Died August 28,2005
Virgil Lee Zoller was born in Marion, Ill., in 1914. He graduated from the Marion Township High School in 1932 and entered the U.S. Army as a private that same year. Two years later he received a congressional appointment to the U.S. Military Academy and graduated in June 1938.
The young second lieutenant's first assignment was to pilot training school. In 1939 he received his pilot's wings when he graduated from flight training at Kelly Field, Texas. He was then assigned as a flight instructor at Kelly until November 1940.
From Kelly Field he was transferred to Harlingen, Texas, where he was commander of the First Training Division until he left in December 1943. For a period of about a month the general was commanding officer of the First Emergency Rescue Squadron at Boca Raton, Fla.
Lieutenant Colonel Zoller was transferred to the 15th Air Force in Italy where he flew combat and served as assistant to the chief of staff, A-3, l5th Air Force, and deputy commander of the 464th Bombardment Group. Flying as a crew member in addition to his staff job earned for the general the Distinguished Flying Cross and Air Medal, and in September 1944 he was promoted to colonel. On April 26, 1945, he led the group's last B-24 bombing mission. He served as deputy commander until May 1945.
Returning to Texas after his overseas tour, Colonel Zoller was deputy wing commander, 79th Flying Training Wing, Harlingen, Texas, for a brief period until he was transferred in February 1946. His next assignment was as a student attending the command class of the Command and General Staff College until July 1946. Then he was sent to Lackland Air Force Base, Texas, as provost marshal and later commanding officer, Wing 11, Air Training Command, at that base. In March 1948 he was transferred to the 354th Air Base Unit, San Antonio, Texas, as assistant chief of staff, A-5.
Transferred to China as a member of the Military Advisory Group at Nanking, Colonel Zoller served as assistant chief of staff, A-3 until the group was forced from the country by the communists in December 1948. In 1949 he assumed command of the 437th Fighter Wing (Far East Air Force) and in May 1950 he took over as commander, 5th Interceptor Wing (FEAF). Shortly after the outbreak of the Korean Conflict he assumed command of the 3rd Bomb Wing.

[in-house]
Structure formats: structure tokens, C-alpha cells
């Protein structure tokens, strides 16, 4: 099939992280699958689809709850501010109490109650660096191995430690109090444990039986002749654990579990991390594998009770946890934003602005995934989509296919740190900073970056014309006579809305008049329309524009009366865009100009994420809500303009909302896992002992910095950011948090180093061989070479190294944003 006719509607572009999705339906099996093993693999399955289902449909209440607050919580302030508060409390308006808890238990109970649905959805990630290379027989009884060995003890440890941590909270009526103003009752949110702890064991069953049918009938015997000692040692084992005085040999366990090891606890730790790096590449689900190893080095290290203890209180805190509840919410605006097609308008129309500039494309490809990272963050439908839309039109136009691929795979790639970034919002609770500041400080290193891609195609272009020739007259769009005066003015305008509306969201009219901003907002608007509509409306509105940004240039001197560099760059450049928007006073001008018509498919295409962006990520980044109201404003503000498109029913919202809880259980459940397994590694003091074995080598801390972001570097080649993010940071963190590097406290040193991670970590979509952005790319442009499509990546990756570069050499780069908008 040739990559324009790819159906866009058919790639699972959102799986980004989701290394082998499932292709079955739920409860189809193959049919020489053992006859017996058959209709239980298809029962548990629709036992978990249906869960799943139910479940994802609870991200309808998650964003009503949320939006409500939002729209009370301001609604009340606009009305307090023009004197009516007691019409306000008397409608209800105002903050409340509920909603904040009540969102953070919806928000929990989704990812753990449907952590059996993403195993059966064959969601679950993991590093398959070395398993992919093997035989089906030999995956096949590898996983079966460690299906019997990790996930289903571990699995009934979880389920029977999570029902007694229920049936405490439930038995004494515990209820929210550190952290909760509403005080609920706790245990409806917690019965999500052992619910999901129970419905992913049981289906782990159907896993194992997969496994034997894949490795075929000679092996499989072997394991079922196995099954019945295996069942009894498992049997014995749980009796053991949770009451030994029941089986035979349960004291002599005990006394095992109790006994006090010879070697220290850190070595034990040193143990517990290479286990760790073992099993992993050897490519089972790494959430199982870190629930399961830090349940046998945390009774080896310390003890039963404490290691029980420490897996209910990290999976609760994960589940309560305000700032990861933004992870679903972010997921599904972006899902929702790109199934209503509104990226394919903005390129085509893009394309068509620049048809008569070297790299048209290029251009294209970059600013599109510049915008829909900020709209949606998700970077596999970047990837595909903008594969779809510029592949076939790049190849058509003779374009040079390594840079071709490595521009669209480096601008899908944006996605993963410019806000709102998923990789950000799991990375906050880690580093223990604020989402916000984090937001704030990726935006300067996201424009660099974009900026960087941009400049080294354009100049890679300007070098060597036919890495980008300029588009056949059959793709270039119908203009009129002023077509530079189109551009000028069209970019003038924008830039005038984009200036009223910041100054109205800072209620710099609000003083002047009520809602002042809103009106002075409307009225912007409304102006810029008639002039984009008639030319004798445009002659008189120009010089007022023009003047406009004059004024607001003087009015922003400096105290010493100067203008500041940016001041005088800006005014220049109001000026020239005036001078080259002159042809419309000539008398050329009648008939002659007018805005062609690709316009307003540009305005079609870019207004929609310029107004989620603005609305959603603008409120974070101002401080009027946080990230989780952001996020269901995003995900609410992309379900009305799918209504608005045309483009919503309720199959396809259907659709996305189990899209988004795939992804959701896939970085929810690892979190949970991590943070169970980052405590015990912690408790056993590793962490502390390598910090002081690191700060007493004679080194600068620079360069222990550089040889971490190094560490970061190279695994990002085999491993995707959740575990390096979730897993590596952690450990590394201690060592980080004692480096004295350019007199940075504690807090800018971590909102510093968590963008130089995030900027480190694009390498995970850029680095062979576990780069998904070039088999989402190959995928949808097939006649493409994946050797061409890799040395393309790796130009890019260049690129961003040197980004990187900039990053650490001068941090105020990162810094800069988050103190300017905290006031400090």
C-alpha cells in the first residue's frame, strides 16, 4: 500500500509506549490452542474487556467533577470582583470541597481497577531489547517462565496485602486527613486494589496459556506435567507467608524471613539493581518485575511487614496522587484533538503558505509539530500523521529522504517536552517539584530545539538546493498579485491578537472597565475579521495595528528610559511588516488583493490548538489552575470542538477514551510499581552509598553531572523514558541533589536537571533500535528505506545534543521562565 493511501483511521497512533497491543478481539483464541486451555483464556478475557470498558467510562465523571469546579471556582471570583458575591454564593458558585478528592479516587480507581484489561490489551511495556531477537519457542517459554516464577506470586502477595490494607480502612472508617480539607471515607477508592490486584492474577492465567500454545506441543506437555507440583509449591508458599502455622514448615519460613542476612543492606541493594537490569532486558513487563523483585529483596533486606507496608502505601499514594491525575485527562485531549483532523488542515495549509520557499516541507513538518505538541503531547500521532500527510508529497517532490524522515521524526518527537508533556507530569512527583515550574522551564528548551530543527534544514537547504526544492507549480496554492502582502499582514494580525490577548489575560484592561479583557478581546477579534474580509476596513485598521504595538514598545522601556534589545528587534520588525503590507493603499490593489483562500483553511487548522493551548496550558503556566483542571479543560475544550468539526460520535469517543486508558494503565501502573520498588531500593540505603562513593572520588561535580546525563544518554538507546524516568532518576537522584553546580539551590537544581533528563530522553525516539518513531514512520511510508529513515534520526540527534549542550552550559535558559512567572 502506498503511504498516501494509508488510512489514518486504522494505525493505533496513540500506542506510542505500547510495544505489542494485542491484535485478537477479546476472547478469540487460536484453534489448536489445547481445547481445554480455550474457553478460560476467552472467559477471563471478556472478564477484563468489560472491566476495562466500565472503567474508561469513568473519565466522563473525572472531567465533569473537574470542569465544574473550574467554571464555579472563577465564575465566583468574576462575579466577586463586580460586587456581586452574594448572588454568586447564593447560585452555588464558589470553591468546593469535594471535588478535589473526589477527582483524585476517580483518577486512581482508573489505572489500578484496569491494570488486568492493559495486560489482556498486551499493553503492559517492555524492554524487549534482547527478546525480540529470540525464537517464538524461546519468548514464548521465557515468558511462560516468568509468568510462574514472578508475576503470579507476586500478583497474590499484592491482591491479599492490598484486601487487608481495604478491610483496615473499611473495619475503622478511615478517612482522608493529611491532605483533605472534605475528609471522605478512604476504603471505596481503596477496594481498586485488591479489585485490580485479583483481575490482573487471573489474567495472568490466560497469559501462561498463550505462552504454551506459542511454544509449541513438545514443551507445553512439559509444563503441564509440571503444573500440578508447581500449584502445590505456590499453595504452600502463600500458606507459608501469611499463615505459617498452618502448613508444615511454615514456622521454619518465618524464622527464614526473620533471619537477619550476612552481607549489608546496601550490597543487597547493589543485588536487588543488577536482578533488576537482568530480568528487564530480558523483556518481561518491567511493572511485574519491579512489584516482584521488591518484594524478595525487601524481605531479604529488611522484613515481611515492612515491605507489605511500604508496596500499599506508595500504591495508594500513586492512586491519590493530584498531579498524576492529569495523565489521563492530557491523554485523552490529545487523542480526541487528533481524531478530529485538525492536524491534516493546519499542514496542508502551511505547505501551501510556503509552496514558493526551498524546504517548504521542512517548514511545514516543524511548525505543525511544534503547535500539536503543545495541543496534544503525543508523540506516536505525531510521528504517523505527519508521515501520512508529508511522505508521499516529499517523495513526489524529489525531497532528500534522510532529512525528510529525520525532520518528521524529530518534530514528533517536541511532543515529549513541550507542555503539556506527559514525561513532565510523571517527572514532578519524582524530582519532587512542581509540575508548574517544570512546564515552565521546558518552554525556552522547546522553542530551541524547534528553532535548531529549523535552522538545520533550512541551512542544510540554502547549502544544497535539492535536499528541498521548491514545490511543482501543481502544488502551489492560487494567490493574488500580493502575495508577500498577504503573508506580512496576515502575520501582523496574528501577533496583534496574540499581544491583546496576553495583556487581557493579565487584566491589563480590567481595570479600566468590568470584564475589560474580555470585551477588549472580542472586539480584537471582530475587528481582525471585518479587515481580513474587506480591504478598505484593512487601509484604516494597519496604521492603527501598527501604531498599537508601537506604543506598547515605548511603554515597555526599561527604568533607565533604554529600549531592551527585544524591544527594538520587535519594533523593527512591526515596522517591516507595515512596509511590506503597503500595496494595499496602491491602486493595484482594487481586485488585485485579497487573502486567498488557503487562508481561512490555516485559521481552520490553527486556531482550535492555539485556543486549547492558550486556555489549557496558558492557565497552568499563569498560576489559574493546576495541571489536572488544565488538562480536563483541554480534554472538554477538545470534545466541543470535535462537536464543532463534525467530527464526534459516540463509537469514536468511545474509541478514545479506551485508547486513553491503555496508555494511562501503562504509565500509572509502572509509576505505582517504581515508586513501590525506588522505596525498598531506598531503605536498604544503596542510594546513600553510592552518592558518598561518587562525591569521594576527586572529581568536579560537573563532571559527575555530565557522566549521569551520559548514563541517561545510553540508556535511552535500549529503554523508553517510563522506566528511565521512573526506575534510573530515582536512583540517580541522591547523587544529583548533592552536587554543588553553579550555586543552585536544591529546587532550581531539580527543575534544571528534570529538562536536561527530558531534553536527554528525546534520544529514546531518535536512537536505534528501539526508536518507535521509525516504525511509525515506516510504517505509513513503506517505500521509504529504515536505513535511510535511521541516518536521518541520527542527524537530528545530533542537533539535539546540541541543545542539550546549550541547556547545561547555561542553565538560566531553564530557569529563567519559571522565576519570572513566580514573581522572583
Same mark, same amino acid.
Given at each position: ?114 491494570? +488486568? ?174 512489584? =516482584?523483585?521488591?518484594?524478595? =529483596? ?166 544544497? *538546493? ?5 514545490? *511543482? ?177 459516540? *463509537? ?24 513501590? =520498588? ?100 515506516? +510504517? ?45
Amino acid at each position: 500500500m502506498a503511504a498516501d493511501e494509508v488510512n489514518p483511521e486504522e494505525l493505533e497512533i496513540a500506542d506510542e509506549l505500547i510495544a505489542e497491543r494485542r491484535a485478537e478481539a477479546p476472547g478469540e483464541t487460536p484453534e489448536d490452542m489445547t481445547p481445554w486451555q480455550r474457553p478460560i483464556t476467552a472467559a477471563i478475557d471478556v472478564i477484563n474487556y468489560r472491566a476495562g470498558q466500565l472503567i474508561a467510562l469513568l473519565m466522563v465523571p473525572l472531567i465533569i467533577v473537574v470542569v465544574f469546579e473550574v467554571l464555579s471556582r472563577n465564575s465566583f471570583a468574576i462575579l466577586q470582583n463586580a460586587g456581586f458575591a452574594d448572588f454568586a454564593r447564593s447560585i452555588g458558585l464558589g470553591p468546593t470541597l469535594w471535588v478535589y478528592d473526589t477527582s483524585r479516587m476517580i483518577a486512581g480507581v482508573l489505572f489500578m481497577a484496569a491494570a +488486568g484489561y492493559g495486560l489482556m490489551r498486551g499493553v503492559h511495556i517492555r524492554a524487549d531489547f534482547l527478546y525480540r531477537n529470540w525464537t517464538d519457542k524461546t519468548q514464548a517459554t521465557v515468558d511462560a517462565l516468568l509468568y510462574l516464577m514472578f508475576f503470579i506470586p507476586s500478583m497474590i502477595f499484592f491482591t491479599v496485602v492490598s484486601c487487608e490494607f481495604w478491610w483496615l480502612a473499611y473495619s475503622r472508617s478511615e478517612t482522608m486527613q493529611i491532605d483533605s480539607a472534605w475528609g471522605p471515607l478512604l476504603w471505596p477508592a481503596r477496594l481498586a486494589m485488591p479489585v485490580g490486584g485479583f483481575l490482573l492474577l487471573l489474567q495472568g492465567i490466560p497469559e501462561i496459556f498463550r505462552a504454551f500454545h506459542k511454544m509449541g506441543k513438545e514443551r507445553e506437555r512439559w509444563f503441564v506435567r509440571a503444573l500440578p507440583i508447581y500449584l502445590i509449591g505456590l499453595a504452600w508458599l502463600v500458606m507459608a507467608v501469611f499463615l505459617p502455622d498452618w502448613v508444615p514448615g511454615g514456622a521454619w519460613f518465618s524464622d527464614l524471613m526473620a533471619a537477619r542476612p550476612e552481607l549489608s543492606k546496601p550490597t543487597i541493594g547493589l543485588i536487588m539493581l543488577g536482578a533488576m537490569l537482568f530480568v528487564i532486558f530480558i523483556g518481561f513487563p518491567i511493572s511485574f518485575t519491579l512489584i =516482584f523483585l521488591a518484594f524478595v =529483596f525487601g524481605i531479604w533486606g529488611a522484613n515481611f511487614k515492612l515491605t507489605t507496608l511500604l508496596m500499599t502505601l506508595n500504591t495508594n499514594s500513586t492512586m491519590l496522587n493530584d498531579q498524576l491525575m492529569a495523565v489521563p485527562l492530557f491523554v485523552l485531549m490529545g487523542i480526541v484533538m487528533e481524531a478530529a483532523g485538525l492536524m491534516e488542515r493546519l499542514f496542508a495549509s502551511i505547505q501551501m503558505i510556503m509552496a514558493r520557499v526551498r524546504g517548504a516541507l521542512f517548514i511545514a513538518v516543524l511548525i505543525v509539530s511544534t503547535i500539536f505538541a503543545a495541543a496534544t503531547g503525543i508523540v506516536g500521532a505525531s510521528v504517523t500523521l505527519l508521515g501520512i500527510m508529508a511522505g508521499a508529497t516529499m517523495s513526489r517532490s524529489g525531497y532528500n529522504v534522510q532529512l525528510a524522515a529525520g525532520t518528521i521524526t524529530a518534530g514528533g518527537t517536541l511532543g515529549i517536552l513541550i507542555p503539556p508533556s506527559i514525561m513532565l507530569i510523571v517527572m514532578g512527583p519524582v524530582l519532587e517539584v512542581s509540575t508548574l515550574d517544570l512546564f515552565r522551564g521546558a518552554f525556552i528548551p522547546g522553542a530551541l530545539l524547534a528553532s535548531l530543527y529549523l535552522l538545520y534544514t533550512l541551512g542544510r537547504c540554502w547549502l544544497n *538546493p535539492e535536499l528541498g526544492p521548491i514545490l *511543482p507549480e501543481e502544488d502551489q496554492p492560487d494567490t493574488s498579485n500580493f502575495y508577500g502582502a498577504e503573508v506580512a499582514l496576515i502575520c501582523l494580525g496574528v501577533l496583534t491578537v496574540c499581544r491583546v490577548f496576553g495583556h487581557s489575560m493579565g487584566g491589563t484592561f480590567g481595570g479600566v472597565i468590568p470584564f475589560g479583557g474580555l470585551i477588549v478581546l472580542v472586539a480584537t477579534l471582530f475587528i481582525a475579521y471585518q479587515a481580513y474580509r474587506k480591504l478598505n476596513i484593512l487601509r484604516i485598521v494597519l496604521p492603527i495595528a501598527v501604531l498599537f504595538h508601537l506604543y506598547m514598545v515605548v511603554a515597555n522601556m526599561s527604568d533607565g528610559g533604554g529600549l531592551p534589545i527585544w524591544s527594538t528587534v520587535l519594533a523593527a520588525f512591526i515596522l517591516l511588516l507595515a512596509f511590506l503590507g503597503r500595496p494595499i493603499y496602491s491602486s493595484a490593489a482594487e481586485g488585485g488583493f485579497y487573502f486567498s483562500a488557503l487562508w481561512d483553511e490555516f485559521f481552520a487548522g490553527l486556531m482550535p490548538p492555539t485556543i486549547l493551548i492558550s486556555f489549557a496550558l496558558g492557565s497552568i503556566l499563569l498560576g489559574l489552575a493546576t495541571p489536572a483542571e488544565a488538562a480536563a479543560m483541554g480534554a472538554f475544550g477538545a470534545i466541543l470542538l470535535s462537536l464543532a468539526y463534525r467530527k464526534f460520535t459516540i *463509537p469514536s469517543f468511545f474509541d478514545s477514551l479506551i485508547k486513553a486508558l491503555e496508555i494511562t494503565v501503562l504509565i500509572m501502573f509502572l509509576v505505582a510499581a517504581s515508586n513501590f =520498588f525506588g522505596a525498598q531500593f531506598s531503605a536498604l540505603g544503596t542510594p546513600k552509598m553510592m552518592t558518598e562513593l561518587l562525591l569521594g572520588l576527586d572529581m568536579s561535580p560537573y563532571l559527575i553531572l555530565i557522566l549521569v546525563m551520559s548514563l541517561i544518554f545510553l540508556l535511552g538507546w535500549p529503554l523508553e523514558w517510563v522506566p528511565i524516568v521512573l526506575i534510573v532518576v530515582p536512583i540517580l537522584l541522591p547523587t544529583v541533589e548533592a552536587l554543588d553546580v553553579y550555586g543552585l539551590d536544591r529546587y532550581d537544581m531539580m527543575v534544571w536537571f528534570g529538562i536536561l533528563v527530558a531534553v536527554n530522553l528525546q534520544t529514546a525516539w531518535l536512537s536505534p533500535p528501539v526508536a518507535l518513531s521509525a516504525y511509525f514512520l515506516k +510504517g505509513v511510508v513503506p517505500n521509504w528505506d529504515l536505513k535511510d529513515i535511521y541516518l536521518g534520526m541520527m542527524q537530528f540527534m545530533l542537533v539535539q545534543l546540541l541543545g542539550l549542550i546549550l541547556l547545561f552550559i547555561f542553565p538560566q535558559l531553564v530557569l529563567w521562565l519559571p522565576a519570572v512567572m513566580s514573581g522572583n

It was as commander of the 3rd Bomb Wing that Colonel Zoller received an oak leaf cluster to the Distinguished Flying Cross he had won during World War II and three oak leaf clusters for his Air Medal. He also received the Legion of Merit and the Silver Star. The citation for this medal reads in part; "Colonel Zoller distinguished himself by gallantry in action as a pilot of n B-26 attack bomber during a daylight interdiction mission on 11 December 1950, when he attacked an enemy transportation, buildings and troops in the vicinity of Sinuiju, Korea ... Colonel Zoller's gallant performance and outstanding devotion to duty were in keeping with the highest traditions of the service and reflected great credit upon himself, the Far East Air Force, and the United States Air Force."
Returning to the United States in 1951, Colonel Zoller served as a staff officer at Tactical Air Command Headquarters, Langley Field, Va., until he assumed command of the 131st Fighter Bomber Wing, later designated the 479th Fighter Bomber Wing at George Air Force Base, Calif., in March 1952.
In August 1953 he attended the Air War College and in July 1954 became chief, Mi1itary Capabilities Division, Headquarters U.S. Air Force, Washington, D.C. In July 1956 he was transferred and became deputy director for estimates and chief, Policy and Management Group, Headquarters U.S. Air Force, Washington, D.C. He was promoted to brigadier general in July 1957.
He transferred to the Far East in August 1957 when he assumed command of the 314th Air Division and U.S. Air Forces Korea. In 1959 he became commander of the 832nd Air Division at Cannon AFB, N.M., and in 1961 he was assigned as Director of Intelligence, U.S. Strike Command, MacDill AFB, Fla., until his retirement.